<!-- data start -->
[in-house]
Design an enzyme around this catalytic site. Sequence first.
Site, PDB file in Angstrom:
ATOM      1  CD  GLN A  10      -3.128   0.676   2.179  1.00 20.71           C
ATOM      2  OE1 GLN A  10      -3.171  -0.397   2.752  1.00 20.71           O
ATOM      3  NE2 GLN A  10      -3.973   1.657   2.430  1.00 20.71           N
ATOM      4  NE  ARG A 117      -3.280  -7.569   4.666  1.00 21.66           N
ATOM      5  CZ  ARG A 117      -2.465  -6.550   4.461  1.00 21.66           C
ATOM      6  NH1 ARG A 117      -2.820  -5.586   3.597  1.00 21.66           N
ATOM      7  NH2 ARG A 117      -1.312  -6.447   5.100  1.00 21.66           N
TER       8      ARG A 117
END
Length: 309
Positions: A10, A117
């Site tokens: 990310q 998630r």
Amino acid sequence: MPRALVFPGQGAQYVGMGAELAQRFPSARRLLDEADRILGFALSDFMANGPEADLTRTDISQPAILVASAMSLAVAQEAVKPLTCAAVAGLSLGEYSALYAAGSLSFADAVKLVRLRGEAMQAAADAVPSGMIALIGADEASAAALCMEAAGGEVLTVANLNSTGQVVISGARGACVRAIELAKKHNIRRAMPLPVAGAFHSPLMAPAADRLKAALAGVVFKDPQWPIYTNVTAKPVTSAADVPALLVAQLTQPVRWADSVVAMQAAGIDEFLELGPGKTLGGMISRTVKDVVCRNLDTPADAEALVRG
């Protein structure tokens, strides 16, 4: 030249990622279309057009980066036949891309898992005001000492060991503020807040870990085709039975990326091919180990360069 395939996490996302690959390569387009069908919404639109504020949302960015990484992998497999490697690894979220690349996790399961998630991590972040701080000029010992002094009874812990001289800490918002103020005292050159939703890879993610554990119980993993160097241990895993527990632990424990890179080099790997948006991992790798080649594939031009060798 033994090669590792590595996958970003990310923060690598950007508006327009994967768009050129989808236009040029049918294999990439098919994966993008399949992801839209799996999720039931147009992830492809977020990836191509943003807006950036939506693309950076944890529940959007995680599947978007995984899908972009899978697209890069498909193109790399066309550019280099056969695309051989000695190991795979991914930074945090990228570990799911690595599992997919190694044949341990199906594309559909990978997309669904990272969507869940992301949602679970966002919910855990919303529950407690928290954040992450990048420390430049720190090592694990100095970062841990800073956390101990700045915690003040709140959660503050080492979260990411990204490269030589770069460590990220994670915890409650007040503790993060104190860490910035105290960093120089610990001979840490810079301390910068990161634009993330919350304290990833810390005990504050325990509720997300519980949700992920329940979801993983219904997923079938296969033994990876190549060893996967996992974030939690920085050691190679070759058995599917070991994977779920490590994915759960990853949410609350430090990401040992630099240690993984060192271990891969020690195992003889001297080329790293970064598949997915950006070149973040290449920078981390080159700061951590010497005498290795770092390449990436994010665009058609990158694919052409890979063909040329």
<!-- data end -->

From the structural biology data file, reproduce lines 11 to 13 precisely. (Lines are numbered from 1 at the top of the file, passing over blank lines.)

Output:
TER       8      ARG A 117
END
Length: 309